tissue,” Dr. Grekos explains. “We’ve applied this technology to patients with heart damage.”
The procedure, which is international in scope, takes about one week. “We do the blood draw,” explains Dr. Grekos, who has performed more than 400 of these procedures. Five days after a blood draw, the transplant team reintroduces the stem cells back into the patient’s heart.
In December 2008, Dr. Grekos released findings from a small trial on the potential of adult stem cells in heart failure. “Before treatment, the average ejection fraction in participants was roughly 28 percent,” Dr. Grekos says. “After treatment, ejection fraction reached 40 percent or more. I should add that we have found that patients treated in the early course of their disease fare better.”
Some patients may require additional treatment, but to date, no harmful side effects have been noted.
Quality of life also improved.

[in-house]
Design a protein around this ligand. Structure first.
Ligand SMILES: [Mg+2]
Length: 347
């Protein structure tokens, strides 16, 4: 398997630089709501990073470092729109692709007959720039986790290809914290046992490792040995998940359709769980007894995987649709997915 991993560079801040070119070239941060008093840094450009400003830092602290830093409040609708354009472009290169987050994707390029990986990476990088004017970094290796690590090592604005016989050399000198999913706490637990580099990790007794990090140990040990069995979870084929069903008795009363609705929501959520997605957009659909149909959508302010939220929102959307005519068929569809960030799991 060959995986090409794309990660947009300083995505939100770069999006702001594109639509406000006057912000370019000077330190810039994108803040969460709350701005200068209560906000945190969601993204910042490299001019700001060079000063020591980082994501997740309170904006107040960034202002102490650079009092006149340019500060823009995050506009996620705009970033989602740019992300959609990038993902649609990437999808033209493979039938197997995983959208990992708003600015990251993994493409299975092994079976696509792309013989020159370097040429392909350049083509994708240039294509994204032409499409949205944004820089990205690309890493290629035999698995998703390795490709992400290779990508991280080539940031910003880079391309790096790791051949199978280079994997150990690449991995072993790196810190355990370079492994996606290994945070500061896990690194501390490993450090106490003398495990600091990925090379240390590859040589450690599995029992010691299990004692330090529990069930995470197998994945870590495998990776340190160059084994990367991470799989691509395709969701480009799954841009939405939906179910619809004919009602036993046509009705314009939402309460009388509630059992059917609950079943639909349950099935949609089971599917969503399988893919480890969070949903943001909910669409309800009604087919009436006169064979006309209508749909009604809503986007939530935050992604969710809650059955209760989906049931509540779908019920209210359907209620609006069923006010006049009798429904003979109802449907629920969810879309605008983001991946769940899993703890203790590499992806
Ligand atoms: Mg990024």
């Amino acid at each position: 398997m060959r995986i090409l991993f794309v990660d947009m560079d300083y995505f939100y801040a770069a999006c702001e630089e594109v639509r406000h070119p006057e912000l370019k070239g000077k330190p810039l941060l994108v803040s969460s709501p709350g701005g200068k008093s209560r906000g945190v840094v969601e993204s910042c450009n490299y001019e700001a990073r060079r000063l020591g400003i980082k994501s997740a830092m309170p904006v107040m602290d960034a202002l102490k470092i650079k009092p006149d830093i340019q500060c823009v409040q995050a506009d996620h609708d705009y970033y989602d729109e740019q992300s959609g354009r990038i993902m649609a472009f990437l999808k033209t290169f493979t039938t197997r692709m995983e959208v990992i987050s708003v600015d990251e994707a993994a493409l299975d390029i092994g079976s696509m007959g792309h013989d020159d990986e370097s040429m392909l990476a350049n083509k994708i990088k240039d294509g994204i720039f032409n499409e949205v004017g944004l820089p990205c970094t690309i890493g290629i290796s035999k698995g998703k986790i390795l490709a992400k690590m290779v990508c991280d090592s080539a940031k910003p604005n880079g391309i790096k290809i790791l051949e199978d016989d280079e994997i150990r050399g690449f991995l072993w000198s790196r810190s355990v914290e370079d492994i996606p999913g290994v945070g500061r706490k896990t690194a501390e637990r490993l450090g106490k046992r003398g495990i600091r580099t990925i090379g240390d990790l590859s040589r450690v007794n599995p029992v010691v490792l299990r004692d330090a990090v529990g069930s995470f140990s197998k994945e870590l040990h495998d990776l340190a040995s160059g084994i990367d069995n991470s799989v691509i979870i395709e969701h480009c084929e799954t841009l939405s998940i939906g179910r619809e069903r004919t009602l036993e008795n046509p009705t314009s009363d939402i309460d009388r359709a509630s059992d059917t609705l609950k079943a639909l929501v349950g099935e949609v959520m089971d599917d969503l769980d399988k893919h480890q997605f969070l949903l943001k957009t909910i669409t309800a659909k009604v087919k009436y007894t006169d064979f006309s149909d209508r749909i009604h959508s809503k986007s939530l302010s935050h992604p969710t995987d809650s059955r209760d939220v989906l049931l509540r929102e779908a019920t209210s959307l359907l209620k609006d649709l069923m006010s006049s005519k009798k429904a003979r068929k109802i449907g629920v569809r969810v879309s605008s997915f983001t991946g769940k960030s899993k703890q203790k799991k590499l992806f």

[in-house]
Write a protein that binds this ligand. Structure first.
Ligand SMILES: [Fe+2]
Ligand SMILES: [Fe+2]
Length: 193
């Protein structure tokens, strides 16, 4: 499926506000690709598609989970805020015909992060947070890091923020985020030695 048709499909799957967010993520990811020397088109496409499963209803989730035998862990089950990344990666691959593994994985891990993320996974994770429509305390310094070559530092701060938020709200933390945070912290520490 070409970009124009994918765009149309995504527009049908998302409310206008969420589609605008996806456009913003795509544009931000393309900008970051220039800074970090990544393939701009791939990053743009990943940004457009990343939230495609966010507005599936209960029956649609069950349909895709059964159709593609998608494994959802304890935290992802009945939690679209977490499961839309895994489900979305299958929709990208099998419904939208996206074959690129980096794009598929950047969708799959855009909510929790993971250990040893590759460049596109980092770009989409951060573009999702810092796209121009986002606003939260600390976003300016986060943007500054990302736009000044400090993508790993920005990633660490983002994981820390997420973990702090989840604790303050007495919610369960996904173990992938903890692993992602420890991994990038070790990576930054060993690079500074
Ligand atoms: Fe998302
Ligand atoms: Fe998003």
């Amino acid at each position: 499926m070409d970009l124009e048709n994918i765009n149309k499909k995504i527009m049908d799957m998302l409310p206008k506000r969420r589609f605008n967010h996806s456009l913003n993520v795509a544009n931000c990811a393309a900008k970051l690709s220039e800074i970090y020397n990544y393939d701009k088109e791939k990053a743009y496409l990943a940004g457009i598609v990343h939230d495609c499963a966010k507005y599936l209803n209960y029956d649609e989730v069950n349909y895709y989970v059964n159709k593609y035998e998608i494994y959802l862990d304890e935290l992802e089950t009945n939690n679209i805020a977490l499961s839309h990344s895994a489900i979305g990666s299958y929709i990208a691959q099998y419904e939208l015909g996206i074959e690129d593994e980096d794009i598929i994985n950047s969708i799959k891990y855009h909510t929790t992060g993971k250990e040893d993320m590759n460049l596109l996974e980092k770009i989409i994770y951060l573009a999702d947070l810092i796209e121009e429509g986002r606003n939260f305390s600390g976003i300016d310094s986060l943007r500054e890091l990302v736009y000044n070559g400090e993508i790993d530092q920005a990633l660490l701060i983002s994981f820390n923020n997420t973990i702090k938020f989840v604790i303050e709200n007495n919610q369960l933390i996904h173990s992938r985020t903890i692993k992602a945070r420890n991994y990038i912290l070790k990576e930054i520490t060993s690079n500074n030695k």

“Patients now can walk to the beach, go grocery shopping, and play with grandkids,” Dr. Grekos reports. “We also reduced hospitalization due to congestive heart failure in treated patients by more than 80 percent.”
As with any new radically different approach, reaction from professionals in the field is mixed.
“At first, patients sought us out because they had no other options and nothing to lose,” Dr. Grekos says. “More recently, we’re getting referrals from cardiologists and pulmonologists. It’s becoming more mainstream.”
Because the procedure remains experimental, patients must pay out of pocket for the procedure, which can cost about $64,500—and there’s no guarantee of results.
Delivering on the Promise?
While some specialists talk of adult stem cells as a biological and moral holy grail—able to perform regenerative feats without the ethical baggage that drags down embryonic stem cell research—others disagree. They argue that adult stem cells are less “programmable” than embryonic stem cells, for instance—less conducive to being transformed into a variety of different tissue types.
Scientific results, as always, will tell the story. In the next few years, expect to see large-scale human trials of adult stem cell therapies. Those trials will be the ultimate acid tests, determining whether adult stem cells will go down in history as a failed experiment or as the foundation for a golden age of regenerative medicine.
But Leonard Narracci isn’t waiting for the next few years to tell the tale. For him, the future has already begun.